In the above embodiment, the rotating member 1 is a disc which rotates with the reel, and the magnets 2 are disposed around the periphery thereof at equal intervals. However, the magnets 2 may be directly applied to the reel itself, provided consideration is paid so as to avoid interference with the magnetic tape contained therein. The only requirement is that a pulse signal indicating the condition of the tape running be derived from the rotating tape reel system.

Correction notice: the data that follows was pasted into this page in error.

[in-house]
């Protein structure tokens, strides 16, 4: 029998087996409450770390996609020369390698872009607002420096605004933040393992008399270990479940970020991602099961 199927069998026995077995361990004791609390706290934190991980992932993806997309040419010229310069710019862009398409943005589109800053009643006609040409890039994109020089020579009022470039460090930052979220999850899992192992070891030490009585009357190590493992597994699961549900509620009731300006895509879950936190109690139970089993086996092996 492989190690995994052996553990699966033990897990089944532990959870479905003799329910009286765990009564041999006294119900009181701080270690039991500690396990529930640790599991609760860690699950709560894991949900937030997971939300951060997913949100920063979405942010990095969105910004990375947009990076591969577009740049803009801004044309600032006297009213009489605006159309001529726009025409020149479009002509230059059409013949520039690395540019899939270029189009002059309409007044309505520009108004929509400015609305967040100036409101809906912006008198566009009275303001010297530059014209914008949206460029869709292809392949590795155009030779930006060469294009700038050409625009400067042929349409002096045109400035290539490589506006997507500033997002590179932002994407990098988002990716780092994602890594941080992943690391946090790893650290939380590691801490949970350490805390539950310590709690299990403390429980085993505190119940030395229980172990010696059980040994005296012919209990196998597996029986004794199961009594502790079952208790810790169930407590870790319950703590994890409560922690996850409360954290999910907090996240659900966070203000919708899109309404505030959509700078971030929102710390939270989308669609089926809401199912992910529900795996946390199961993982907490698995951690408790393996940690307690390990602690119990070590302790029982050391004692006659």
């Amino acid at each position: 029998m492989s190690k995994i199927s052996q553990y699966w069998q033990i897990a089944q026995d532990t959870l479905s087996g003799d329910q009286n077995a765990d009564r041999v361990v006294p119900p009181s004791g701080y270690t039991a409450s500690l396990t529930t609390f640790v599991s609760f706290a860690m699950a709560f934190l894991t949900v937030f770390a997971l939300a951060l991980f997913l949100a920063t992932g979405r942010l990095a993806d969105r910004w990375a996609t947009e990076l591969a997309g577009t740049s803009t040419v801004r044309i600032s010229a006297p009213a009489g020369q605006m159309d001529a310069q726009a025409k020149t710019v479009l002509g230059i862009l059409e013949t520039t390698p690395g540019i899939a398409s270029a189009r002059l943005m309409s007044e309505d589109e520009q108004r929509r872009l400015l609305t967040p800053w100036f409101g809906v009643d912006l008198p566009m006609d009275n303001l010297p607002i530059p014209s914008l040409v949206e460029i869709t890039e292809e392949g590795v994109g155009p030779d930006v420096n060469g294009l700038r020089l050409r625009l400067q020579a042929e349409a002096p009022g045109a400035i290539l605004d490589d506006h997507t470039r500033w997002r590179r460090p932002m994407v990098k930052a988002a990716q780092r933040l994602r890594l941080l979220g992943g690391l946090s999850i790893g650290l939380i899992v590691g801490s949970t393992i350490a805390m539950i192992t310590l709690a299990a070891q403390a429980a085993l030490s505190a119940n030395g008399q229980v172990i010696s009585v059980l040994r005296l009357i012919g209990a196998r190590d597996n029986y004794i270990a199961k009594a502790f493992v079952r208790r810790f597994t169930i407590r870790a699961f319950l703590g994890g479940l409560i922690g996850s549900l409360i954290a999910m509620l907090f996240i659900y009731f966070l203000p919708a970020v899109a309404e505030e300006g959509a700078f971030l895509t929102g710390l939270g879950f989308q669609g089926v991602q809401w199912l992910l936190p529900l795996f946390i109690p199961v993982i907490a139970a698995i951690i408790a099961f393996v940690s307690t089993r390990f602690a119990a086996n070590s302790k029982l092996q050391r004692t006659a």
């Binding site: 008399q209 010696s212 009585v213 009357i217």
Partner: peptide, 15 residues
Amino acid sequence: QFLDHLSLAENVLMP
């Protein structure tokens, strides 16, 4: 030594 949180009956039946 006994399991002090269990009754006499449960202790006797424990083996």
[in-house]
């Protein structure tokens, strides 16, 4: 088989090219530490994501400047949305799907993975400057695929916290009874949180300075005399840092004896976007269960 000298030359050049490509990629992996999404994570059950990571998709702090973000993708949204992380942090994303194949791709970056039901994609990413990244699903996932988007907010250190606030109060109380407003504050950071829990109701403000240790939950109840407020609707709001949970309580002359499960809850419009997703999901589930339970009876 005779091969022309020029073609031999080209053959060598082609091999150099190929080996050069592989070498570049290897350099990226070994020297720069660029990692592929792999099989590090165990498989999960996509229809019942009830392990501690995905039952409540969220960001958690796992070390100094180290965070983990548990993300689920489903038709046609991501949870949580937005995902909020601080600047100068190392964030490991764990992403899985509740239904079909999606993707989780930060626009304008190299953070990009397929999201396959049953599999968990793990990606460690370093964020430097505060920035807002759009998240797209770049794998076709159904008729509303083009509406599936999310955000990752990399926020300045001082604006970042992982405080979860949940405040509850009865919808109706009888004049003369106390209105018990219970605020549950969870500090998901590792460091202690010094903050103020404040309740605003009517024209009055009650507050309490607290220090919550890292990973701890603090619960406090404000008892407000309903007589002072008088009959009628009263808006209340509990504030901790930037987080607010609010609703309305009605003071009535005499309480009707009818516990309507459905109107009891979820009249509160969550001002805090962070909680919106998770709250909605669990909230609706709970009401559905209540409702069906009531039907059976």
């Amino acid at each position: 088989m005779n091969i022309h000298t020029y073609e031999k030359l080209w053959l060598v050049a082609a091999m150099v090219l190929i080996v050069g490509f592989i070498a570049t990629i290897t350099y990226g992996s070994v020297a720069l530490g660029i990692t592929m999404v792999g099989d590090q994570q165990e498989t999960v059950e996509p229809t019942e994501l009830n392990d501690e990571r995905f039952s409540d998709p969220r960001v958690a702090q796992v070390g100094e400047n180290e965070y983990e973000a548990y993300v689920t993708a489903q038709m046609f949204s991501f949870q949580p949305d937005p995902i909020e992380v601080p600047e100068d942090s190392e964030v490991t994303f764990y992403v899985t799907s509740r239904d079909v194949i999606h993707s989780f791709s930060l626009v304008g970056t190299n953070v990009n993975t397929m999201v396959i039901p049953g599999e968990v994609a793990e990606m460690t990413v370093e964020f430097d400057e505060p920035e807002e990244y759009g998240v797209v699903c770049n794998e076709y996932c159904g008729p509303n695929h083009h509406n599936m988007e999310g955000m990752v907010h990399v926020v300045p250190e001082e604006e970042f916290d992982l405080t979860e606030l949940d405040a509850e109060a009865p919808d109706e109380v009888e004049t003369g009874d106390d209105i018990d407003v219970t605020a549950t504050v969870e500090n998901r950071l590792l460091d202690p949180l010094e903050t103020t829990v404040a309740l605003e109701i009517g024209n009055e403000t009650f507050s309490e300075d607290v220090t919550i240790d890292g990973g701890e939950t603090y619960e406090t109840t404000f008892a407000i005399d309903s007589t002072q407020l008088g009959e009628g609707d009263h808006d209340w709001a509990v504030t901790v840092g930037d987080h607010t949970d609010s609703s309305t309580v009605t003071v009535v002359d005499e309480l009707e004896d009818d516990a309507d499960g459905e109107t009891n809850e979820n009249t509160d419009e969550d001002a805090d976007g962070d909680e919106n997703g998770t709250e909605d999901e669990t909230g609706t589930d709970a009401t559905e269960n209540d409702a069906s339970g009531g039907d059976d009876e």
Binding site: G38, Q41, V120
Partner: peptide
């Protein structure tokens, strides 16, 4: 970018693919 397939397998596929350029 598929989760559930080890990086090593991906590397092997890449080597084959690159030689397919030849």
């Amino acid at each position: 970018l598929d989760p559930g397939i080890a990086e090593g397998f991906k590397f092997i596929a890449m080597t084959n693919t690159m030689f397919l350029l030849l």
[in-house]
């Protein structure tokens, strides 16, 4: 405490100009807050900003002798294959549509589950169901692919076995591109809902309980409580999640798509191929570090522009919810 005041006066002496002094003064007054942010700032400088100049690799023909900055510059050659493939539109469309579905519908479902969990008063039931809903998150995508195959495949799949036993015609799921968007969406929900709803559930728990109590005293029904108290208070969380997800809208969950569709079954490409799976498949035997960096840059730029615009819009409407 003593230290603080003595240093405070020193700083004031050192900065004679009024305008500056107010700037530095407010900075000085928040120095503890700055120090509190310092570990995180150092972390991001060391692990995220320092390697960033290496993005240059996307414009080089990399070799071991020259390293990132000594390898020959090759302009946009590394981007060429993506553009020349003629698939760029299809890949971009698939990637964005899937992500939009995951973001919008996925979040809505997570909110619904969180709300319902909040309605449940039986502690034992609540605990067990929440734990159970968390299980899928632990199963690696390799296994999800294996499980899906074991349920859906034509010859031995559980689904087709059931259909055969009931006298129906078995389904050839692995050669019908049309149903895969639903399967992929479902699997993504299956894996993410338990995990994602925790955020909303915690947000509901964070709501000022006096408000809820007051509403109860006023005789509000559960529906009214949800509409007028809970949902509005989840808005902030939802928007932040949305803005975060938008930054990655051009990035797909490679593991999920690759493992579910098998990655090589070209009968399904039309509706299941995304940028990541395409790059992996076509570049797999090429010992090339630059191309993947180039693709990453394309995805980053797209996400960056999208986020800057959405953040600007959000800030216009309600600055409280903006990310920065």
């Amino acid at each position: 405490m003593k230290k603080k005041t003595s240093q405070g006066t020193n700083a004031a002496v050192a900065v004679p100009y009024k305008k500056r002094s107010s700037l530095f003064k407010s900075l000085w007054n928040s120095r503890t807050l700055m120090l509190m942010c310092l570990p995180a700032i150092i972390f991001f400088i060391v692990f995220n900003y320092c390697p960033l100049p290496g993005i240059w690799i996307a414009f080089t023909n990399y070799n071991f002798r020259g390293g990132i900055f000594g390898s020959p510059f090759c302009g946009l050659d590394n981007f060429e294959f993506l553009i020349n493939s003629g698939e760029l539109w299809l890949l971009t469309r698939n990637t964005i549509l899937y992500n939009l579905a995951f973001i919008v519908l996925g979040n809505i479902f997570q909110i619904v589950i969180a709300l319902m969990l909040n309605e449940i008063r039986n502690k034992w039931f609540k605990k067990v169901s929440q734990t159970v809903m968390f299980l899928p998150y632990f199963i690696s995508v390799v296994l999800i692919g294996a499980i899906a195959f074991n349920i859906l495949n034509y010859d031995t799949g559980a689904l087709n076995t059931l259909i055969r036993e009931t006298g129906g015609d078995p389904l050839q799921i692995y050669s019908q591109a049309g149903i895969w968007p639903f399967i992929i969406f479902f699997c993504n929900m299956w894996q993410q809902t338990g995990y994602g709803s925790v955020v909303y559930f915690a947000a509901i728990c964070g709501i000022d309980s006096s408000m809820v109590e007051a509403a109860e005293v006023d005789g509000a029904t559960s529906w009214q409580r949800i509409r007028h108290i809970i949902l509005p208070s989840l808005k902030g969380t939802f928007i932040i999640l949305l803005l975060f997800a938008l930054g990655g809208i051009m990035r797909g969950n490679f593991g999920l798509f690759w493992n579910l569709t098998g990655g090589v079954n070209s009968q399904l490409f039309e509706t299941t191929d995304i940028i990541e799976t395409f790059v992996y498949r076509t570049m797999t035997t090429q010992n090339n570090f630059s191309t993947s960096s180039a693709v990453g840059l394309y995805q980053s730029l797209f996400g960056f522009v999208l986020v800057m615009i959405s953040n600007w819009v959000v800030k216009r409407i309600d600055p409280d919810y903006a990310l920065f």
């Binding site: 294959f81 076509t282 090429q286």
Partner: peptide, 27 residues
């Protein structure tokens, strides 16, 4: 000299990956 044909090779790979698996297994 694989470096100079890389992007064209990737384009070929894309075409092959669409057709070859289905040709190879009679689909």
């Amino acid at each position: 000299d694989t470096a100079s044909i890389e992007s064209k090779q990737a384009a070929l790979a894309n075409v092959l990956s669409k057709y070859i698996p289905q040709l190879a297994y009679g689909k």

Where a fluctuation in the supply voltage or a temperature change of the tape recorder is likely to occur, the frequency of the count pulses produced by the pulse oscillator may be adversely influenced thereby, causing a premature warning indication when the tape end is not reached or approached. In this connection, it is desirable that the count pulse be derived from a portion of the tape transport system, such as a capstan for feeding the tape at a uniform speed, a flywheel integral therewith or a pinch roller. FIG. 3 shows a count pulse generator 17 which derives the count pulse Ic from a flywheel 9 integral with a tape transport capstan 10. Specifically, the generator 17 comprises a plurality of magnets 9a embedded in the periphery of the flywheel 9 at an equal and relatively close interval, and a magnetic head 11 disposed adjacent to the periphery of the flywheel 9 for producing the count pulse Ic in response to the flux from the magnets 9a. Such an arrangement prevents an adverse influence of a voltage flue transport capstan 10. Specifically, the generator 17 comprises a plurality of magnets 9a embedded in the periphery of the flywheel 9 at an equal and relatively close interval, and a magnetic head 11 disposed adjacent to the periphery of the flywheel 9 for producing the count pulse Ic in response to the flux from the magnets 9a. Such an arrangement prevents an adverse influence of a voltage fluctuation or a temperature change upon the frequency of the count pulses, thus avoiding an erroneous counting operation.